How to create a world where cancer is not a concern
Cancer is the second largest cause of mortality worldwide. Over the next 20 years, there will likely be a about a two-thirds increase in new cancer cases. For healthcare providers, overcoming this obstacle will be one of their main priorities.
The life expectancy for cancer patients has increased significantly over the past 50 years thanks to the improvement in treatment options. This has been made feasible by imaging technologies that allows for early detection, highly personalized radiation therapy, targeted chemotherapies built on understanding of the human genome, and immunotherapies.
A type of therapy that uses information about a person's own genes or proteins to prevent, identify, or treat disease. Precision medicine is used to diagnose cancer, design a patient's course of treatment, assess the effectiveness of that treatment, and determine the patient's prognosis. Examples of precision medicine include the use of targeted treatments to treat particular cancer cell types, such as breast cancer cells that are HER2-positive, or the use of tumor marker tests to assist in the diagnosis of cancer. It is also known as personalized medicine.
According to a person's genetic makeup, healthcare professionals can propose and arrange specialized cancer-related treatments using precision oncology. This approach to healthcare researches how a person's genes may influence their risk of having cancer or, if they already have it, how various treatments may be impacted by their genes. It also considers a person's propensity to get particular cancers. Precision oncology was created to assist in improving diagnosis and therapy. If someone is at risk for a specific cancer, it can also assist them in choosing healthy habits, earlier screening tests, and other preventative measures.
Precision medicine has revolutionized oncology diagnosis and treatment in recent years. Clinicians are now able to customize patient care to delay the beginning of probable illnesses thanks to technological advancements for describing individuals' genomic profiles, as well as the development of digital ways for patients to access and easily exchange their medical records. Given that one in three people nowadays have some form of cancer, this will be very helpful for its prevention. This could also delay or eliminate the need for more expensive or riskier treatments with unfavorable side effects.
Advanced medical breakthroughs
Our knowledge of and approaches to treating cancer are being revolutionized by developments in genomic medicine. A proactive approach to treatment, molecular-guided therapy in oncology offers the potential to shorten the duration and cost of ineffective treatments while improving the patient's quality of life.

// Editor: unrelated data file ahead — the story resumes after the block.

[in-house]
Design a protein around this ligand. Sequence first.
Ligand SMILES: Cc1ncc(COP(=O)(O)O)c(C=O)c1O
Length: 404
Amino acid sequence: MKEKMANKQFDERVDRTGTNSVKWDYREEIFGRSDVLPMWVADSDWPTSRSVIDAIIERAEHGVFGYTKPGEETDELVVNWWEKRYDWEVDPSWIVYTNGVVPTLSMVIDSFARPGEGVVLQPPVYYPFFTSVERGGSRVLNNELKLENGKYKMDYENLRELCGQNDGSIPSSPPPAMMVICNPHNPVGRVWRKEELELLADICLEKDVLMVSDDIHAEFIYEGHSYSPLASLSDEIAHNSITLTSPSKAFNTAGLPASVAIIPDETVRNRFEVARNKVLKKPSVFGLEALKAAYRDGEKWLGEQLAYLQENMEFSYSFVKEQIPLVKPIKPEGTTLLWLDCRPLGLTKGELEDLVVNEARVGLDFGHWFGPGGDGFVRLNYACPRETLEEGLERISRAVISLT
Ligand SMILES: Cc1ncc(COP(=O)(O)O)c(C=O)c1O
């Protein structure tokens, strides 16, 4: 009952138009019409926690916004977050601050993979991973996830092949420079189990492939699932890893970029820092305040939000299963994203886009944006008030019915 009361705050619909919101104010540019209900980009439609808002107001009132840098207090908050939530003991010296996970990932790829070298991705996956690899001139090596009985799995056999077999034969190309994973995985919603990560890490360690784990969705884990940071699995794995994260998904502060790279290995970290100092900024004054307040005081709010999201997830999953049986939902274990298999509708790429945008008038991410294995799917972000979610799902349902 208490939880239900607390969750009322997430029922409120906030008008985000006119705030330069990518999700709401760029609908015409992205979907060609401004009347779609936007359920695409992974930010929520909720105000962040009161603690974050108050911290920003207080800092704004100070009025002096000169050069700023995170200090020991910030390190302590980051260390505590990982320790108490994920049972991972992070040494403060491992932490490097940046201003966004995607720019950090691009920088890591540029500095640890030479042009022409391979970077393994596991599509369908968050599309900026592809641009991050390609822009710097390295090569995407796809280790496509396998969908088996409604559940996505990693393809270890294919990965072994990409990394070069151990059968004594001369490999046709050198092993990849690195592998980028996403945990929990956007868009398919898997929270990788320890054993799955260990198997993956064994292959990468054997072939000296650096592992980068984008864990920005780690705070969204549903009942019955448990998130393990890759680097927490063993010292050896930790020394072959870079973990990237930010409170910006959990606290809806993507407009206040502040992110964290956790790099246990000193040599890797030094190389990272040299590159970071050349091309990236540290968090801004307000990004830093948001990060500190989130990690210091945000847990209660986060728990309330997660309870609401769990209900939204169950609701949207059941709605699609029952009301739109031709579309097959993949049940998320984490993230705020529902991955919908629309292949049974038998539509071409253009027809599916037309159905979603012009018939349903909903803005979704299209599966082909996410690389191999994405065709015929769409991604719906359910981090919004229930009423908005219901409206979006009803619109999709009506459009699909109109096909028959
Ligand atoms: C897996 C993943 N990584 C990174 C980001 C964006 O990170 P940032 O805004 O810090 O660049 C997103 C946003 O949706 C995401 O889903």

Both melanoma and breast cancer have confirmed molecular targets that can be treated with FDA-approved medications. Other types of cancer are also modifying their platforms for diagnosis and therapy as a result of these developments. Other types of precision data, such as transcriptomics, epigenomes, proteomics, metabolomics, and digital pathology from the tumor, surrounding tissues, circulating blood, and other body fluids, are on the horizon in addition to genomic data. Multiple cancer subtypes can now be treated because to technological advancement. Pencil Beam Scanning (PBS), a new method that improves beam accuracy, increases the number of cancer spots that might be treated with Proton Beam Therapy (PBT). According to the Office of National Statistics UK, around 200 of the 9,000 patients in the UK who receive PBT each year and whose average treatment costs £114,000 are sent abroad by the National Health Service represent a significant opportunity for the Middle East to establish itself as a center for oncology care.
Our Clinical Oncology: Case Reports Journal is a collection of original articles that draws on the knowledge of top specialists from all over the world. The papers cover a wide variety of clinical, operational problems and published case reports related to different type of cancer and medicine that uses for to treat Cancer. We are optimistic that these papers will be a helpful and useful resource for everyone who shares our commitment to achieving a world free from cancer fear.
Clinical Oncology Case Reports is a peer-reviewed international journal dedicated to clinical and medical oncology and cancer research. The journal welcomes submissions from all oncologists, including radiation oncologists, medical oncologists, gynecologic oncologists, and pediatric oncologists. A blend of exceptional original research, instructional case studies, and cutting-edge reviews is provided in each issue, which is carefully chosen.
- Anti-Cancer Drug
- Breast Cancer
- Cancer Epidemiology
- Cancer Gene Therapy
- Cancer Therapy
- Colorectal Cancer
- COVID-19 Convalescent Plasma
- Endometrial cancer
- Gastrointestinal Oncology
- Hormone Therapy
- Immune Checkpoint Inhibitor
- Liver Oncology
- Precision Medicine
- Radiation oncology
- Stem cell transplants
- Targeted therapy
- Tumor Immunity
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